Resources for Teachers

10 Ways Schools and Parents Can Help Students with ADHD

Kevin, a bright, enthusiastic second-grader, has tremendous difficulties in school. He can’t seem to pay attention to his teacher’s instruction, gets distracted easily by activities around him, has trouble staying still in his seat, and often bothers his classmates by talking to them during work time or calling out without permission. As a result, Kevin gets very little work done and is getting increasingly further behind in math and reading. Kevin’s teacher and parents are very frustrated and blame each other for Kevin’s difficulties. Unfortunately, Kevin’s situation is very typical for children with attention-deficit/hyperactivity disorder (ADHD); a condition that affects between 5 to 10% of students in the US.




How do college freshmen view the academic differences between high school and college?

Psychology teachers can serve an important role as mentors to their students in ways that can help students make a successful transition to college. By sharing information about the differences between the high school and college experiences, teachers can help students understand they will be adjusting to many changes, particularly in terms of expectations.


Civility: a core component of professionalism?

Webster’s Dictionary defines civility as “polite, reasonable and respectful behavior.” However, growing consideration has produced a more nuanced, sophisticated and helpful definition. This expanded definition highlights that civility entails honoring one’s personal values, while simultaneously listening to disparate points of views. Civility transcends politeness and encompasses pursuing shared ideas to reach common ground. Prioritizing civility facilitates effective communication, high-functioning teams, inclusive and productive communities and civic engagement.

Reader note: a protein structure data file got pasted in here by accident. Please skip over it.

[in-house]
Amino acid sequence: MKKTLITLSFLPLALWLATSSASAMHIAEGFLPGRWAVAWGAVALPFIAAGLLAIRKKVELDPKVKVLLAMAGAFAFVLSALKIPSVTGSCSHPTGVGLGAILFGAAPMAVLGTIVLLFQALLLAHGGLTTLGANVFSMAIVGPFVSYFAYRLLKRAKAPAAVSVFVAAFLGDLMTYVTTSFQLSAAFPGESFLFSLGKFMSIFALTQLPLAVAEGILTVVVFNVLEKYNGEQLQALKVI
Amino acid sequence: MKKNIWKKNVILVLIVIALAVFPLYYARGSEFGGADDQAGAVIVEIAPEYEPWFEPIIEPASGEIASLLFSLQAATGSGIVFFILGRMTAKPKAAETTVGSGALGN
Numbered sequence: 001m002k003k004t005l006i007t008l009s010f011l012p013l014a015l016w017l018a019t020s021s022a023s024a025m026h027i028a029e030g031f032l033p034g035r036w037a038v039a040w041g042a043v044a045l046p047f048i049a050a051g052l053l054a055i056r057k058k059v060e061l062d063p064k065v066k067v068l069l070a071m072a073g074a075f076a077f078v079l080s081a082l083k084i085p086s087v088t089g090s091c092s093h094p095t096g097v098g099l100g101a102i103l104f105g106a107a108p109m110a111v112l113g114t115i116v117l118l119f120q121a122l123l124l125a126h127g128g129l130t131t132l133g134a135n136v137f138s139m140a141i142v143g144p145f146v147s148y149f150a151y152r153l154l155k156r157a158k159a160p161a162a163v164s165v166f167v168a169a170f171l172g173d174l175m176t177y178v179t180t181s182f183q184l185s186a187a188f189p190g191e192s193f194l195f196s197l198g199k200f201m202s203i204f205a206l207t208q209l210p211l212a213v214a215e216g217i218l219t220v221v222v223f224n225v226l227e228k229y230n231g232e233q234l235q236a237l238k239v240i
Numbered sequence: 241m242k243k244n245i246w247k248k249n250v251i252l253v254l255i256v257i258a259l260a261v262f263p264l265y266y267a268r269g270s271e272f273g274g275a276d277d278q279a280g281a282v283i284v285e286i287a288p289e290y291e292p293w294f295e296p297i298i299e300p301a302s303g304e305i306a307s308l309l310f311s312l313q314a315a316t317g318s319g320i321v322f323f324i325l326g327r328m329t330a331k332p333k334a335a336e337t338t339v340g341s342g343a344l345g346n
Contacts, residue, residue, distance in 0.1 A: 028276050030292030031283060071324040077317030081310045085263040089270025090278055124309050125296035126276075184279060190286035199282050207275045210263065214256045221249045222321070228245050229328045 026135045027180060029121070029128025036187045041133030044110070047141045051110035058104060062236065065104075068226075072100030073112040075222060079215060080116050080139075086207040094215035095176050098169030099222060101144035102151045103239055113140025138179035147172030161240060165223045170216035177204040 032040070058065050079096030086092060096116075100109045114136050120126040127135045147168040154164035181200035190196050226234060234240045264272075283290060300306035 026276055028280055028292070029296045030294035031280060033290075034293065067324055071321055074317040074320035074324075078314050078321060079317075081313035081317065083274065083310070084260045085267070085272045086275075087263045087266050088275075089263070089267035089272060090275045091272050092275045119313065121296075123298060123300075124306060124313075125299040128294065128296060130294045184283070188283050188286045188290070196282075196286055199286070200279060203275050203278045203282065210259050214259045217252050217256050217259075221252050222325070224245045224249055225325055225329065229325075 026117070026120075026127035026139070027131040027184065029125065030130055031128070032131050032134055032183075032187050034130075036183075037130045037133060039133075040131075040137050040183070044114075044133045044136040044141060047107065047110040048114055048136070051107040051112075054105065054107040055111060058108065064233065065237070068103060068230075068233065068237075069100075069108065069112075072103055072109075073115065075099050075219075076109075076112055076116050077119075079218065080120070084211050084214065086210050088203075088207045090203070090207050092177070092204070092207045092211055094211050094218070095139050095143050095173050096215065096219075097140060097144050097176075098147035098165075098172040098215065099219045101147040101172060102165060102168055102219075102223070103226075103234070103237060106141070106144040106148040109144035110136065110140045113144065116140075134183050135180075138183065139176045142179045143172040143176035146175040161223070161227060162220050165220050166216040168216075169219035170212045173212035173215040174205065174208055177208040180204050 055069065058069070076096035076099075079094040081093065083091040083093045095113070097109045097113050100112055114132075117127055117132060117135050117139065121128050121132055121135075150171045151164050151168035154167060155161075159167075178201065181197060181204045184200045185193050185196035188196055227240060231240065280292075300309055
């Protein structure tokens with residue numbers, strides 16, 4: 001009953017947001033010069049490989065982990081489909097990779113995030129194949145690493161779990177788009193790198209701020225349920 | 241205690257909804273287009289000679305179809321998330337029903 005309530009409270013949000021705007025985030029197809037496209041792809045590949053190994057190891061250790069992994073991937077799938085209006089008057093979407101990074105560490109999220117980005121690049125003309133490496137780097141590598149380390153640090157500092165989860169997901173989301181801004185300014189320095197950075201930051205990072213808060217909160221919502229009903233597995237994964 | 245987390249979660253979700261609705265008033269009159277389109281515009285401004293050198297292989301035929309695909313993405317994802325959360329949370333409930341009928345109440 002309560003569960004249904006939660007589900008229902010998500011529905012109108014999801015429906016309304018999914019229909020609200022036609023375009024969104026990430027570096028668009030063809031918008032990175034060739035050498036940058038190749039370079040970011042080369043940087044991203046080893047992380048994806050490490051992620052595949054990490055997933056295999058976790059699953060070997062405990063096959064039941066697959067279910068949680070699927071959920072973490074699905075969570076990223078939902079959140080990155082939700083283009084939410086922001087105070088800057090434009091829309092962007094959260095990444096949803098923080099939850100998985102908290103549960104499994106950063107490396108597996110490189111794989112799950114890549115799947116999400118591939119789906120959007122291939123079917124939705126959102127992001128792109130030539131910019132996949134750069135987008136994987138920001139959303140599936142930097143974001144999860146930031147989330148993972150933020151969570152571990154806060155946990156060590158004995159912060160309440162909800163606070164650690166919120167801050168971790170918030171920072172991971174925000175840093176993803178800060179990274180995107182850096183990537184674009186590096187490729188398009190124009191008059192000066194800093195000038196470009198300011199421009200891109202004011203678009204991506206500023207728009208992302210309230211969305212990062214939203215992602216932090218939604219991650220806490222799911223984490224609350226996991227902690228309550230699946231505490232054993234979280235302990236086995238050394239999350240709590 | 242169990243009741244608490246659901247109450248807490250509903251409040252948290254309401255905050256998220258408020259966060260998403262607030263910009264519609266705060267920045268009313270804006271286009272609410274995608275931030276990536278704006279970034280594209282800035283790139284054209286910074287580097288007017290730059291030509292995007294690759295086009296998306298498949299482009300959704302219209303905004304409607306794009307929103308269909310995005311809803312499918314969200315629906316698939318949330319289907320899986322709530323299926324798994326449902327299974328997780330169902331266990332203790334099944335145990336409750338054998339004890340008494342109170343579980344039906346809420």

Immigrants and refugees: fostering understanding about dislocated populations

To respond to recommendations related to the report “Independent Review Relating to APA Ethics Guidelines, National Security Interrogations, and Torture,” APA’s Board of Directors developed a list of recommended actions. Among other actions, the board recommended the Education Directorate “promote a focus on human rights and ethics as a core element of psychology education and training from high school through continuing education offerings.” The following article by Jovan Hernandez, PhD, is the third of a series of articles related to human rights and ethics.


How to integrate the teaching of psychology with concern for human rights

As a result of recommendations related to the Report of the Independent Review (IR), the APA Board of Directors developed a list of recommended actions that should be taken in response. Among other actions, the board recommended that the Education Directorate “promote a focus on human rights and ethics as a core element of psychology education and training from high school through continuing education offerings.”


Feel Like You Have Tried Every Trick in the BOOK to Get Students to Read? Try This One

Many instructors of psychology are looking for methods of incorporating outside resources into their daily psychology classrooms.  Students of psychology may also be looking for books related to their areas of interest in the field and may be looking for recommended readings that add to what their textbook or class resources have provided.  This book blog seeks to address these concerns and bring current research and information from recently published books in the field of psychology into the classroom.